To me, the products that are needed now in the U.S. have to do with transportation, energy, resource management, affordable and uplifting housing, medical care, and other such things that most of us realize need improving, but seem to be neglected with respect to building the “information revolution”. As an example, The U.S. lags terribly in trains. The BART system in the San Francisco is a good system, but needs extending, and upgrading so that one does not need to wear ear plugs. A north-south high-speed train is an obvious need in California, but is being held up by political wrangling. I no longer take U.S. highway 5 between San Francisco and Los Angeles, because it is two lanes each direction, and often both lanes are occupied by trucks heroically attempting to pass each other, even though they are both going as fast as they can. And flying? If you are lucky, four hours for one hour in the air.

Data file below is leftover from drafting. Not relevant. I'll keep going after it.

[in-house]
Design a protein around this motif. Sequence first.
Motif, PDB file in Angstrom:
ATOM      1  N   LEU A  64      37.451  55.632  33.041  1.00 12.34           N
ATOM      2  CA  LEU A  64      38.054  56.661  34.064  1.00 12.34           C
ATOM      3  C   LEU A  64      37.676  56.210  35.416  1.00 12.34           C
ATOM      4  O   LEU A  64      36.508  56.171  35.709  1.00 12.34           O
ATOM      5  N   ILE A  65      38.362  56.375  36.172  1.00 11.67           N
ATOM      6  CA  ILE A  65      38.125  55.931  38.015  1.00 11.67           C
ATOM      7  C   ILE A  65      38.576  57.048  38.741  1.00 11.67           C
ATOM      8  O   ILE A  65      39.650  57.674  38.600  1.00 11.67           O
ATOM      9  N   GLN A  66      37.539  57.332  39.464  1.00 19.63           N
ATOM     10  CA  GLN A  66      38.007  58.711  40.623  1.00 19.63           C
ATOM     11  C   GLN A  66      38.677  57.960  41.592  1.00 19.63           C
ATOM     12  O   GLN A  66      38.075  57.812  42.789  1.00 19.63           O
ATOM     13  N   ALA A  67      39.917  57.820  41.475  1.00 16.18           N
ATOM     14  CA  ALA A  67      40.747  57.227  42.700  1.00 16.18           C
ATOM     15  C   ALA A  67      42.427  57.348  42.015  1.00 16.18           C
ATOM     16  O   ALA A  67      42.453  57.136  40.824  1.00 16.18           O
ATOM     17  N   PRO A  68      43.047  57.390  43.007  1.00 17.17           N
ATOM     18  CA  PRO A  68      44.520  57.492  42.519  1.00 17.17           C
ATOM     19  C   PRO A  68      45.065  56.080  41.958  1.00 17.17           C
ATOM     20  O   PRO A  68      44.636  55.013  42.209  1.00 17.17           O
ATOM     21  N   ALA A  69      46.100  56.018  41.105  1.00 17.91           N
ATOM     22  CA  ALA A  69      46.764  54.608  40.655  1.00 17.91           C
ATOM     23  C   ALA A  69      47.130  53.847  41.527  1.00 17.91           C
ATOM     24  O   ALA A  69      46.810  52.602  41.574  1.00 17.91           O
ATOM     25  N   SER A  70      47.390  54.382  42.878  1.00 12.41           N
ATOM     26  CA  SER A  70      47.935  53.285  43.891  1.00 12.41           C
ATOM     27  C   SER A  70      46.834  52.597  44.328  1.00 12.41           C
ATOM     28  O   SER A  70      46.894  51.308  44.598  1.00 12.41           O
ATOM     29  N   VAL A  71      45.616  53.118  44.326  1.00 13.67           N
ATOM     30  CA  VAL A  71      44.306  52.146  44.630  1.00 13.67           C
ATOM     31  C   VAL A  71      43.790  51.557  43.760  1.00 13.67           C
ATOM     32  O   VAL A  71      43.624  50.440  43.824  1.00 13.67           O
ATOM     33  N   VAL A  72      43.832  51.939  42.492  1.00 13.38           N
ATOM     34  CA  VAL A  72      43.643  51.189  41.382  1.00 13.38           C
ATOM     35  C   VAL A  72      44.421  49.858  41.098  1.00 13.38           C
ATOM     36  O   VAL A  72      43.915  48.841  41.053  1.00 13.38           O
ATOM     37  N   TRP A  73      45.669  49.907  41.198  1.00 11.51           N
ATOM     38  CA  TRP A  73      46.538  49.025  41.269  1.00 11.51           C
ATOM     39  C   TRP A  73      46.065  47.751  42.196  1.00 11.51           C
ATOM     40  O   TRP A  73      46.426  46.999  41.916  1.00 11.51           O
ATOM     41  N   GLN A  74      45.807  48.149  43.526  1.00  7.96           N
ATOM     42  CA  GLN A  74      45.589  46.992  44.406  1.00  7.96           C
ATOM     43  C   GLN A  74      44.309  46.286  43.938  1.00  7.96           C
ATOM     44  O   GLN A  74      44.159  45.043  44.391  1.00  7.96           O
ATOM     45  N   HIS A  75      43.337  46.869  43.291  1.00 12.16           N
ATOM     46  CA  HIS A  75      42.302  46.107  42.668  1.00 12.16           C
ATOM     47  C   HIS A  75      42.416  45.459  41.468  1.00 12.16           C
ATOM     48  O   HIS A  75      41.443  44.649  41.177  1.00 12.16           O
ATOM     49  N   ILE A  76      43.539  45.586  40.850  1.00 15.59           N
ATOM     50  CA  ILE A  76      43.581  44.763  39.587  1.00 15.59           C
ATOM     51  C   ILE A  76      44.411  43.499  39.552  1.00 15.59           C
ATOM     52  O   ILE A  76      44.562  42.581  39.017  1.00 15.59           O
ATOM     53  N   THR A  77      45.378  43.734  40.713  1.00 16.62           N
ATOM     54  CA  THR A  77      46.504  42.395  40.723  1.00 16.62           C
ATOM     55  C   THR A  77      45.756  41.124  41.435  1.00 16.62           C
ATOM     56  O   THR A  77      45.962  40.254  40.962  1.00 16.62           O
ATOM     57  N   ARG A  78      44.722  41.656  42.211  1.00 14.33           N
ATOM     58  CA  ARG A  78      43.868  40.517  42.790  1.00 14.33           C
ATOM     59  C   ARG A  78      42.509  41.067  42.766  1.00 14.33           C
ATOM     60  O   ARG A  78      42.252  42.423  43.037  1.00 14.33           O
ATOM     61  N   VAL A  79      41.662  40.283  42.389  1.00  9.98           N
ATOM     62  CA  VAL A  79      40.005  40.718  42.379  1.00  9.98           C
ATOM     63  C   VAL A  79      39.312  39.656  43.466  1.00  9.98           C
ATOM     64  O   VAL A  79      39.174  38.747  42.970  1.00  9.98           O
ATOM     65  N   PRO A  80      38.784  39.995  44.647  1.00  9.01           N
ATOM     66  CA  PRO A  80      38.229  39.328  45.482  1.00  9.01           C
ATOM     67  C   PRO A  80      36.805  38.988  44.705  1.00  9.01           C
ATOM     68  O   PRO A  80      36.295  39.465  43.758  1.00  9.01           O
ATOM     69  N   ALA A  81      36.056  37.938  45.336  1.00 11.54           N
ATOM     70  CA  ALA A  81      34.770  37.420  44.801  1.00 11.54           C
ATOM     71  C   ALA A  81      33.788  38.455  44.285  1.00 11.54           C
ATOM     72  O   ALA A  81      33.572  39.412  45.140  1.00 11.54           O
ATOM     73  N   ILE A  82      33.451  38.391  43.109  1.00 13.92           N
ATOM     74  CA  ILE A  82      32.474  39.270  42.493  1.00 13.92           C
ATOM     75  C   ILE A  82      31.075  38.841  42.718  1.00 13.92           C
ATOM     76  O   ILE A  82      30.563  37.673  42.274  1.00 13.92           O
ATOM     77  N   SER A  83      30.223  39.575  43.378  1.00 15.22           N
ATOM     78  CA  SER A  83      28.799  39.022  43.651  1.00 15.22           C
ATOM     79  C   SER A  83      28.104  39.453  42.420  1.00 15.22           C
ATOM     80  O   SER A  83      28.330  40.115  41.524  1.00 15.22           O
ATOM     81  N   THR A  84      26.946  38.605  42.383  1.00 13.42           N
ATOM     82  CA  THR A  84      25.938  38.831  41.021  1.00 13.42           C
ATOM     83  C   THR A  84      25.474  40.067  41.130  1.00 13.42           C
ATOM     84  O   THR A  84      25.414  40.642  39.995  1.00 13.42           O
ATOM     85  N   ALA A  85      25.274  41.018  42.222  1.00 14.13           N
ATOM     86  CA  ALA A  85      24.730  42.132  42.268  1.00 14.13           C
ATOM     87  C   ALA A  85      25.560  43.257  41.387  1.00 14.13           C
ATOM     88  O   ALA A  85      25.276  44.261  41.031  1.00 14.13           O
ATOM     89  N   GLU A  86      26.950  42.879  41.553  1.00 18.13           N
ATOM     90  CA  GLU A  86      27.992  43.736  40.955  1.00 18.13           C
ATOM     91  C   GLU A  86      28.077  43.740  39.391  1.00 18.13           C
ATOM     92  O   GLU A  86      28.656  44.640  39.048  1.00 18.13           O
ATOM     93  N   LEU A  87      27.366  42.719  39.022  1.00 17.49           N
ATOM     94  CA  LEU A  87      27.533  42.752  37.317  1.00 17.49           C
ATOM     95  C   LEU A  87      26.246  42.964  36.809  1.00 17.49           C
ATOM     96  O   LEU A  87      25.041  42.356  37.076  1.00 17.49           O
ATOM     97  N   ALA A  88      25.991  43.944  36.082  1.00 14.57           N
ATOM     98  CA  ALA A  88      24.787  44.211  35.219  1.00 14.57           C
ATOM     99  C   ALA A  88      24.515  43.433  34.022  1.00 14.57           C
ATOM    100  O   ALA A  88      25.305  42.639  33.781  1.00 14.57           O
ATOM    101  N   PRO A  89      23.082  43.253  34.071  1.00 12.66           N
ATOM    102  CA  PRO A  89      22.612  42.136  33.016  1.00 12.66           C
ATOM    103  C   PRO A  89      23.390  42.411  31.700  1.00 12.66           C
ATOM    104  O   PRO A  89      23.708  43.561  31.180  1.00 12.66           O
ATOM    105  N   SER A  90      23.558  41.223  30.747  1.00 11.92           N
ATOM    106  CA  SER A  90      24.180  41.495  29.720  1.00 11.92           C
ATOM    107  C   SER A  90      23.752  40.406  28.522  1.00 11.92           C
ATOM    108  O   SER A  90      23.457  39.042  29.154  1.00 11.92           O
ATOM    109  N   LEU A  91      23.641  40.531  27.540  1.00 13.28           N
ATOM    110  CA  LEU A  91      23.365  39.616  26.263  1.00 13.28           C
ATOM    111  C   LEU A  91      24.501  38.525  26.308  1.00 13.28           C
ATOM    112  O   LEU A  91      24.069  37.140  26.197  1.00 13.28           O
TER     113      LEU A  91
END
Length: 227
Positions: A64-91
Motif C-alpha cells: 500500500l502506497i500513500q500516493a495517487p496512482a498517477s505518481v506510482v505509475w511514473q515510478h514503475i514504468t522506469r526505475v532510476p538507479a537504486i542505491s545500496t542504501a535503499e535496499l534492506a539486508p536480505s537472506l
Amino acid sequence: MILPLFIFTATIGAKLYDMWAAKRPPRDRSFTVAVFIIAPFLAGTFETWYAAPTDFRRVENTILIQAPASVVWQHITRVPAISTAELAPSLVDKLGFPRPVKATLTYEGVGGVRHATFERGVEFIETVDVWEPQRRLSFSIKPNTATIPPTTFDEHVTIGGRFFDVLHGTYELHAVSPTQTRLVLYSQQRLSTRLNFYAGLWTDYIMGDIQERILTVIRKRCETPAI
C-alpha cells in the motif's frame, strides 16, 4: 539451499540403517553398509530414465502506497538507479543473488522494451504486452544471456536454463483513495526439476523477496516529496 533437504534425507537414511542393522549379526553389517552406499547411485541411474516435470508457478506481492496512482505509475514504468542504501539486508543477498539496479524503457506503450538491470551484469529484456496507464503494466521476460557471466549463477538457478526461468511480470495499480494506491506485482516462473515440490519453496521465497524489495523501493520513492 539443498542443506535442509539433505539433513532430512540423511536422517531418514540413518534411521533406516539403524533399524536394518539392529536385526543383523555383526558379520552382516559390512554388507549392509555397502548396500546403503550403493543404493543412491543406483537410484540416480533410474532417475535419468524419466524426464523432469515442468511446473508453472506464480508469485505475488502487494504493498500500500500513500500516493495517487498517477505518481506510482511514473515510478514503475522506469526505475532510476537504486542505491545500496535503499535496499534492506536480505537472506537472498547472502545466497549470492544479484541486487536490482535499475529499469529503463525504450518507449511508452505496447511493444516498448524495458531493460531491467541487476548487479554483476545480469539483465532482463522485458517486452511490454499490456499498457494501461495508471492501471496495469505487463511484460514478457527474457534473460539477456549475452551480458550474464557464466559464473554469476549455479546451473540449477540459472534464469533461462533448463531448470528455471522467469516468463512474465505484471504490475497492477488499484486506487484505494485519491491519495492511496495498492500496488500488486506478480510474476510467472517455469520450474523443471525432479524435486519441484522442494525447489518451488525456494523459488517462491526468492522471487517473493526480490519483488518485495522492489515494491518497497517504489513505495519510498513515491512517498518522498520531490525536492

Were I graduating from college these days, knowing what I now know, I would not try to start a company based on an app or a widget. Nor would I try to become incredibly wealthy (if I did, I might consider lottery tickets). Nor in fact, would I move to Silicon Valley. I would go to work for a reasonably large company in a nice and more affordable area that produces complicated and much needed products that will increase the quality of life for the human race. And the products would be bigger than a bread box.
*For those of you who have never encountered a bread box, they were once a standard fixture in kitchens in which two or three loaves of bread would be kept to minimize the moisture loss (maybe 20 inches square and eight inches high. Bigger (or smaller) than a bread box used to be a commonly used rough magnitude measure. I like the expression and continue to use it around students, even though I pay the cost of explaining what a bread box is.